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Future-proof Step Builder implementation

This repository contains the full source code used in an article on my blog.

The Step (sometimes also called the Type-Safe, or Telescopic, or Staged) variant of the Builder Pattern is a way to make creating objects with multiple properties using the Builder pattern in Java more type-safe. If you're not familiar with that variant of the Builder pattern, I wrote an article about it on my blog.

Libraries like Immutables or Jilt implement a very strict variant of that pattern, in which the required properties of the object must be provided first, always in the same, fixed, order, and only after all of the required properties have been provided can the optional properties be set (in any order).

That is fine if the Step Builder is used only within the project it is defined in; however, we often want to provide it as part of the public API of a library we are vending (as Step Builders are a very convenient way of instantiating objects). In that case, we have to worry about evolving the API over time; more specifically, we need to handle the case when a property switches from being required to optional.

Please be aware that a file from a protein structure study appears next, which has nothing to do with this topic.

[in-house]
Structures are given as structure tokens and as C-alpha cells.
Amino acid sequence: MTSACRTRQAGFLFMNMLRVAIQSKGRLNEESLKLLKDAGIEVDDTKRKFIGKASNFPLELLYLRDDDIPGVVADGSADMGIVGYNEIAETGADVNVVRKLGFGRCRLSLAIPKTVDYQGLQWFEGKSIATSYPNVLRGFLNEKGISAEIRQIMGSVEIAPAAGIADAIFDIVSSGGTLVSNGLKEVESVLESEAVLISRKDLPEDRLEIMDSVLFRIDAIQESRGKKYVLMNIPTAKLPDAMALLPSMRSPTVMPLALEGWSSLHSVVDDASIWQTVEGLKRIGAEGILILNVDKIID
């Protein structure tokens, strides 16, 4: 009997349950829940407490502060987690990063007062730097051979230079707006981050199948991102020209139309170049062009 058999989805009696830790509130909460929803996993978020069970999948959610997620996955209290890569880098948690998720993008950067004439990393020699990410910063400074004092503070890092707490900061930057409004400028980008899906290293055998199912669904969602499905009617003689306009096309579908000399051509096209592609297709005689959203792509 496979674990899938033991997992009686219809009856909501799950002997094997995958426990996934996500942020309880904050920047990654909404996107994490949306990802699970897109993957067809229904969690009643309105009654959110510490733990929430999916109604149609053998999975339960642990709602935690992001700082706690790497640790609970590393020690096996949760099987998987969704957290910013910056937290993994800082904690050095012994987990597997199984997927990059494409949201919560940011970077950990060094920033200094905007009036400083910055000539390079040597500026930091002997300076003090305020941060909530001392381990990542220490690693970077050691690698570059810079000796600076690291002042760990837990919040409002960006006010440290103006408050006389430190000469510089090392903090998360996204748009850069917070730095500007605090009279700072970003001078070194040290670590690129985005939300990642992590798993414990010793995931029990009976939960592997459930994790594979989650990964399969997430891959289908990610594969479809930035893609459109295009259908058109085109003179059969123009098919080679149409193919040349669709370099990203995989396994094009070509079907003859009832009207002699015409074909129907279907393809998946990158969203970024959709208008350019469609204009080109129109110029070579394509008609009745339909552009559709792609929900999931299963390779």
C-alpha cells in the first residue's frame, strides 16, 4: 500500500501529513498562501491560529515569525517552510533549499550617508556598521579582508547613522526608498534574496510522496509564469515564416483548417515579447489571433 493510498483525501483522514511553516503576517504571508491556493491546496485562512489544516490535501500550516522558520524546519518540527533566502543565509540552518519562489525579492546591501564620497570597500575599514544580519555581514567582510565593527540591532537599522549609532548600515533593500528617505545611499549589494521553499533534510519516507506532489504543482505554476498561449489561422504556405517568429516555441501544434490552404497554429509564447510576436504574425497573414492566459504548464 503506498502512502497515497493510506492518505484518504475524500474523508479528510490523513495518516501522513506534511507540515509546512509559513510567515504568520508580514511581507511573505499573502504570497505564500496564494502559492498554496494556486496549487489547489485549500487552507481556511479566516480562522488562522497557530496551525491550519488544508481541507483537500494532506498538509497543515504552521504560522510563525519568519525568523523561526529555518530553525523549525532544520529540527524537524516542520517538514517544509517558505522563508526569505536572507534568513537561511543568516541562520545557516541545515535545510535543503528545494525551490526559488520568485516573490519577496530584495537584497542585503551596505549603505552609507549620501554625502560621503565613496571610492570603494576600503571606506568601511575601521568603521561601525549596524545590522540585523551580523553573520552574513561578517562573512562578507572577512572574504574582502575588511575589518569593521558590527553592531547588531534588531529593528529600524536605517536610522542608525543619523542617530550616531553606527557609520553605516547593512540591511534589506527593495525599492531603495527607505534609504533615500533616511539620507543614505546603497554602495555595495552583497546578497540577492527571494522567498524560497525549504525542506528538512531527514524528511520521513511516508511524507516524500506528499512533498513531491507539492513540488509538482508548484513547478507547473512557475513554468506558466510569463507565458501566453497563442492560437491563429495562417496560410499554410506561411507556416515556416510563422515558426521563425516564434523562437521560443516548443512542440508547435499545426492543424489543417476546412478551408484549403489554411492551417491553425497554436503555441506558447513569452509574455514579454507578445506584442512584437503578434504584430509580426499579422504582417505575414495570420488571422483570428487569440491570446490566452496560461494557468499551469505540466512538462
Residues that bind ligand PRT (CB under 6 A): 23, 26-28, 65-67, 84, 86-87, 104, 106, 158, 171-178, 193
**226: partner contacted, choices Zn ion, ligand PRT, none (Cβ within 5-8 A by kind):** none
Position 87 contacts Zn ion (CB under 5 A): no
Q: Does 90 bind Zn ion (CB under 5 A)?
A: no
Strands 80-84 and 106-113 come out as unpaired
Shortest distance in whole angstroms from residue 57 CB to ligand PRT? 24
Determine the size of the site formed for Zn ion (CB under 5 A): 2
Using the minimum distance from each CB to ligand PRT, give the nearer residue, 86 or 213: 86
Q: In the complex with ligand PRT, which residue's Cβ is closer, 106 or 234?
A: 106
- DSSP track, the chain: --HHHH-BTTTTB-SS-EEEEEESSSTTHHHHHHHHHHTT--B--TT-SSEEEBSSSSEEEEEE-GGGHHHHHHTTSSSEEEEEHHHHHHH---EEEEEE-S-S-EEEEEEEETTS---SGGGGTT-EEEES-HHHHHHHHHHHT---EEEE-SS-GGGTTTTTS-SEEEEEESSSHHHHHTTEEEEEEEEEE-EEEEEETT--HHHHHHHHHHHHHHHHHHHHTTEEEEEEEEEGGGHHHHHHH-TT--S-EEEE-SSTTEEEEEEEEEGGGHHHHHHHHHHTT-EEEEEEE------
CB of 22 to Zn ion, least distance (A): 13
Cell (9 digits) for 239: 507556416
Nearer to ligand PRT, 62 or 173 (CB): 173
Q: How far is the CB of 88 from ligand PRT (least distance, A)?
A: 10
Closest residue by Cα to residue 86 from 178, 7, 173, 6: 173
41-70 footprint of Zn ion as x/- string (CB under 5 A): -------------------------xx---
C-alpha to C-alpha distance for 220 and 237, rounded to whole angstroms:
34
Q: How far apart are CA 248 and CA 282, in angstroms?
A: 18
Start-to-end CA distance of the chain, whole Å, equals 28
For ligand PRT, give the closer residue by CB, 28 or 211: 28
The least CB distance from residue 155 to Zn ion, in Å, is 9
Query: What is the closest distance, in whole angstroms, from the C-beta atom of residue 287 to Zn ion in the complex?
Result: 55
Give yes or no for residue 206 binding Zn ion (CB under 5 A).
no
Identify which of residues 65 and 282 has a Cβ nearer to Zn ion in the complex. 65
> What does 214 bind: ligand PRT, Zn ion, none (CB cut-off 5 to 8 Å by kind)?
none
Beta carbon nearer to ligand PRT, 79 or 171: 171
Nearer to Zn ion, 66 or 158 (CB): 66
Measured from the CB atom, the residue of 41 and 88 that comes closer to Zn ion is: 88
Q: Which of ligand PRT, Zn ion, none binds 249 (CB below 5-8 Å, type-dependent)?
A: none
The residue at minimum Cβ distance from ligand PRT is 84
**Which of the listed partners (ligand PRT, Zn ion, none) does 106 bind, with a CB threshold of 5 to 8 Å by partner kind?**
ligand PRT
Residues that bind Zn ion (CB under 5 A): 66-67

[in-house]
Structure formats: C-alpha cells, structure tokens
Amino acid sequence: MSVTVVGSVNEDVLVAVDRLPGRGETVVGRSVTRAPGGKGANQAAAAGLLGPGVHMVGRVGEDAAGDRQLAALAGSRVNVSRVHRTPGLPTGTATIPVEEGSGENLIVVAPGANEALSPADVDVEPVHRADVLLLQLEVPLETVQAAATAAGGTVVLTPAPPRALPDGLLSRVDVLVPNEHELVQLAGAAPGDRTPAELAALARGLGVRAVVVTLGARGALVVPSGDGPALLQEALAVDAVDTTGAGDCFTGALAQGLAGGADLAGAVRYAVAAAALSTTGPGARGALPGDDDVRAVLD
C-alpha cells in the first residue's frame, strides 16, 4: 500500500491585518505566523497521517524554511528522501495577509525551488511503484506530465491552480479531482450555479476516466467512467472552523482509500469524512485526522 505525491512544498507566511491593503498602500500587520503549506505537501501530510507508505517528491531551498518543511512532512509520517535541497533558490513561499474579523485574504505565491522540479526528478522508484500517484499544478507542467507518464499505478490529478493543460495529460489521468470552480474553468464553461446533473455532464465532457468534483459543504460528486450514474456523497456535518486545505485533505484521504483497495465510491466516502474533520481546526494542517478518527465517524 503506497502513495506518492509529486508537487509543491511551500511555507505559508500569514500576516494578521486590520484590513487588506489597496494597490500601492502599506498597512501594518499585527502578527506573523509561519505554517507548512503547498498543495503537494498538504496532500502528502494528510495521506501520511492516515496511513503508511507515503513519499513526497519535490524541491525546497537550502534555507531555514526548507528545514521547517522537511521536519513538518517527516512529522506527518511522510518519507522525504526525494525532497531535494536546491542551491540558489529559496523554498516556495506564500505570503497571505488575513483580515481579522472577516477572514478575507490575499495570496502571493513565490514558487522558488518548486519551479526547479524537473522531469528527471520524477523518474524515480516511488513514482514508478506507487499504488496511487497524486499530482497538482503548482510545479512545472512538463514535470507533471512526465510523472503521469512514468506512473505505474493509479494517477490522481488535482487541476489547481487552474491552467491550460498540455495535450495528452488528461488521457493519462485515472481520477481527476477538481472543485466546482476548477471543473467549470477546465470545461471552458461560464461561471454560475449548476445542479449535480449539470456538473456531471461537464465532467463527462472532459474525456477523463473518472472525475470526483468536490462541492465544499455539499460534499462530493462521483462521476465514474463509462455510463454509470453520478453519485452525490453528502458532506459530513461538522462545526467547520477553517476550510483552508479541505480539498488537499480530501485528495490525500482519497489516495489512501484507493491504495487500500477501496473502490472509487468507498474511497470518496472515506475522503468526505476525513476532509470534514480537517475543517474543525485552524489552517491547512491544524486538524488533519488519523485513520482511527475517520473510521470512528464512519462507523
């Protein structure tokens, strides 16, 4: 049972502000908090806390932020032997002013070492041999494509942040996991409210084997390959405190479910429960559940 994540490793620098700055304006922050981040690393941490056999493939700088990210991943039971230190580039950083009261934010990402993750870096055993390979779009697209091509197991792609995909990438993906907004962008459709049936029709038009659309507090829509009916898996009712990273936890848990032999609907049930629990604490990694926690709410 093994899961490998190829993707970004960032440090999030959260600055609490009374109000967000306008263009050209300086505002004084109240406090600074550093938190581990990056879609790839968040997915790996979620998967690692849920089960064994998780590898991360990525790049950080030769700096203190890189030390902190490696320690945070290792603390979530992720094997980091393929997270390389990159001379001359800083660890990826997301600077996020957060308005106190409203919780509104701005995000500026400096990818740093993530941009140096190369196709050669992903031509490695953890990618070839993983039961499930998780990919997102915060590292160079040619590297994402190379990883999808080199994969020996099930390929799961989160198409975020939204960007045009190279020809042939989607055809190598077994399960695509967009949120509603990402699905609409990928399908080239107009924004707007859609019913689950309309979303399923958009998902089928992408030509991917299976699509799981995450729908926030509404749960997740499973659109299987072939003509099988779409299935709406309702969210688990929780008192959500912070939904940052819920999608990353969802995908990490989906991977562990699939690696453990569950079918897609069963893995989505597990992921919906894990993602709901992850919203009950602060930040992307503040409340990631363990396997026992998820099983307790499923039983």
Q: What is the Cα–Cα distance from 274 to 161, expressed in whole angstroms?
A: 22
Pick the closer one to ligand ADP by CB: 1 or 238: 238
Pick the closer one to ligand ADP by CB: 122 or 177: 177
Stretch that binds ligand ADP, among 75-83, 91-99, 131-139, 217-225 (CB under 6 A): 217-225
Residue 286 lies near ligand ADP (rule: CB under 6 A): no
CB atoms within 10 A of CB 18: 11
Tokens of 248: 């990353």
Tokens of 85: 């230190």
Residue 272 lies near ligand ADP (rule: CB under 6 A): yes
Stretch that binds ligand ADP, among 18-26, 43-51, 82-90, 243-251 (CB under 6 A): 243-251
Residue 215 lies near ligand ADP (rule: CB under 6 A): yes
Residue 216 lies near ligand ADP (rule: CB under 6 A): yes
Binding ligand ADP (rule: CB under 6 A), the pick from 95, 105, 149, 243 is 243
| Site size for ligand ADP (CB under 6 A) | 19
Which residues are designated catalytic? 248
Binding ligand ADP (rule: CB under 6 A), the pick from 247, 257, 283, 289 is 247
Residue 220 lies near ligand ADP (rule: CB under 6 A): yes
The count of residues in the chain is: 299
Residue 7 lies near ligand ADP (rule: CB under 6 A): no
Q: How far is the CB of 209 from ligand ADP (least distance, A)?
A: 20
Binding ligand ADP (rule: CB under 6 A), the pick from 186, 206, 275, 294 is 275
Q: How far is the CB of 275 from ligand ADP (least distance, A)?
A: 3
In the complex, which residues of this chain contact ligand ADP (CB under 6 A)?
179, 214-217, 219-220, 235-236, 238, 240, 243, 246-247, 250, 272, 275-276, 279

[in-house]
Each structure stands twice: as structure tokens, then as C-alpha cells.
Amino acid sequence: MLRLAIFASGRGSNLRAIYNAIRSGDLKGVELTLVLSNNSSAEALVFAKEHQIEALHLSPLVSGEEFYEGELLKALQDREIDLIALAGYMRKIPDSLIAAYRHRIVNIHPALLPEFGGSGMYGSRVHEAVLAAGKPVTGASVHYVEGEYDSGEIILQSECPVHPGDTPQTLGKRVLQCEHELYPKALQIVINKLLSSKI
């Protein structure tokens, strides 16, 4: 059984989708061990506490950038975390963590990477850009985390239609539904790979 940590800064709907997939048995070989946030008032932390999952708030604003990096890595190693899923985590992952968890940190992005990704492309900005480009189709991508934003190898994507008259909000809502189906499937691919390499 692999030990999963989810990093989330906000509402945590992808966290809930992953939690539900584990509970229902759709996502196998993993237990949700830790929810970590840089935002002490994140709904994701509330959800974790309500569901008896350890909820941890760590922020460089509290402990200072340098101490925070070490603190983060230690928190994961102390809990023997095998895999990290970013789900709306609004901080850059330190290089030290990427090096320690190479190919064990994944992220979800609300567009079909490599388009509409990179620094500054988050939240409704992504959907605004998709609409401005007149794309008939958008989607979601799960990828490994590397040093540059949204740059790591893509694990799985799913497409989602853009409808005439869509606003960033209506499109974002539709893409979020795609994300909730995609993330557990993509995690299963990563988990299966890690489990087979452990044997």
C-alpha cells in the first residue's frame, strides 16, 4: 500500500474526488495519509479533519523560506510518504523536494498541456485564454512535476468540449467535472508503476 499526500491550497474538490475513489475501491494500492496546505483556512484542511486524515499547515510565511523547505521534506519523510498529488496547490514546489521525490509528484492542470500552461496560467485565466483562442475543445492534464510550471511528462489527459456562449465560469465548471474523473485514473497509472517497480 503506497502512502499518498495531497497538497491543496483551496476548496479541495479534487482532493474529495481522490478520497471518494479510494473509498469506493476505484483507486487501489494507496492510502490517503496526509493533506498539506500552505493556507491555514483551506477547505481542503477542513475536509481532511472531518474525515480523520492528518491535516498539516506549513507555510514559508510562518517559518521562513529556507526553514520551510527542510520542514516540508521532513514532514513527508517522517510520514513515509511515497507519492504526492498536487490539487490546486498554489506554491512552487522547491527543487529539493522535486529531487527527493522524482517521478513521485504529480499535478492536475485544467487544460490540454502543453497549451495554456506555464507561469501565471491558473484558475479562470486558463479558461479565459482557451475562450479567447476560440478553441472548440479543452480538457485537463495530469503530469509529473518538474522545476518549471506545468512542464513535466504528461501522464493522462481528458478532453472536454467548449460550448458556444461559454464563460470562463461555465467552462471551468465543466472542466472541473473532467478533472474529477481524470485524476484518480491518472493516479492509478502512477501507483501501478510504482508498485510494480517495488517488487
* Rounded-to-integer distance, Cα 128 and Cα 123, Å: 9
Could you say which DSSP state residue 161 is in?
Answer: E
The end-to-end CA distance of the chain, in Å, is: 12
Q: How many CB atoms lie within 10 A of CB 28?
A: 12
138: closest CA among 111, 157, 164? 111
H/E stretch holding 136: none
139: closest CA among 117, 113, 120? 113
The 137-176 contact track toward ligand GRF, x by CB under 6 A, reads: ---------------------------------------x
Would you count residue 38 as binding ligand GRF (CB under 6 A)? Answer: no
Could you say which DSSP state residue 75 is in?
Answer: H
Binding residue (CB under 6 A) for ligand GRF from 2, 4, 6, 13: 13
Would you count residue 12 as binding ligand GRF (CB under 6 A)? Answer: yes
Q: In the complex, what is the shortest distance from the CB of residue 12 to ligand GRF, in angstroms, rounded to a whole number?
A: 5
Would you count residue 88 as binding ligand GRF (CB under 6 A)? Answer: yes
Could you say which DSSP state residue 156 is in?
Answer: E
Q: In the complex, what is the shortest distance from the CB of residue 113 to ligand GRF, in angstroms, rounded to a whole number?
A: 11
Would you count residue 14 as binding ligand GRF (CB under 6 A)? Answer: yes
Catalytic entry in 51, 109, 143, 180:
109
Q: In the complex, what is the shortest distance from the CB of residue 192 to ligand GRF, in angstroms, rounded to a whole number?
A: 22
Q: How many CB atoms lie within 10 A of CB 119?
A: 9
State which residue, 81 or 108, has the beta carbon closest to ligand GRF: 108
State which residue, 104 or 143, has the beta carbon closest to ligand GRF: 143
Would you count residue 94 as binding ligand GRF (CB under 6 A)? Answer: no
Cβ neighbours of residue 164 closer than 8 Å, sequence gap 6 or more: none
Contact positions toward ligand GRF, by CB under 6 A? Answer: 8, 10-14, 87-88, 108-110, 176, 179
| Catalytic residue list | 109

This requirement complicates the Builder considerably; for example, we can no longer freeze the order of the required properties (imagine a class had 3 required properties, and suddenly we made the first one optional!).

However, even with those added constraints, it is possible to define a type-safe Step Builder in Java, that guarantees, at compile time, that an instance of the target class will never be created without setting all of the required properties first, while future-proofing it in a way that changing any of the required properties to optional will not break existing code (written when that property was still required). This repository contains examples of defining such Builders (there are 2 distinct ways of solving this problem, each with its own advantages and drawbacks), and also shows how evolving the API by changing a property from required to optional preserves backwards compatibility.

The best place to start reading the code is probably the example class we are building, with 2 required properties.

Building the code

The project uses Gradle as the build system, so should be usable from most IDEs and editors out of the box.

To build the entire project (compile all code, run all tests), execute the following command in the console while in the root directory of the project:

$ ./gradlew build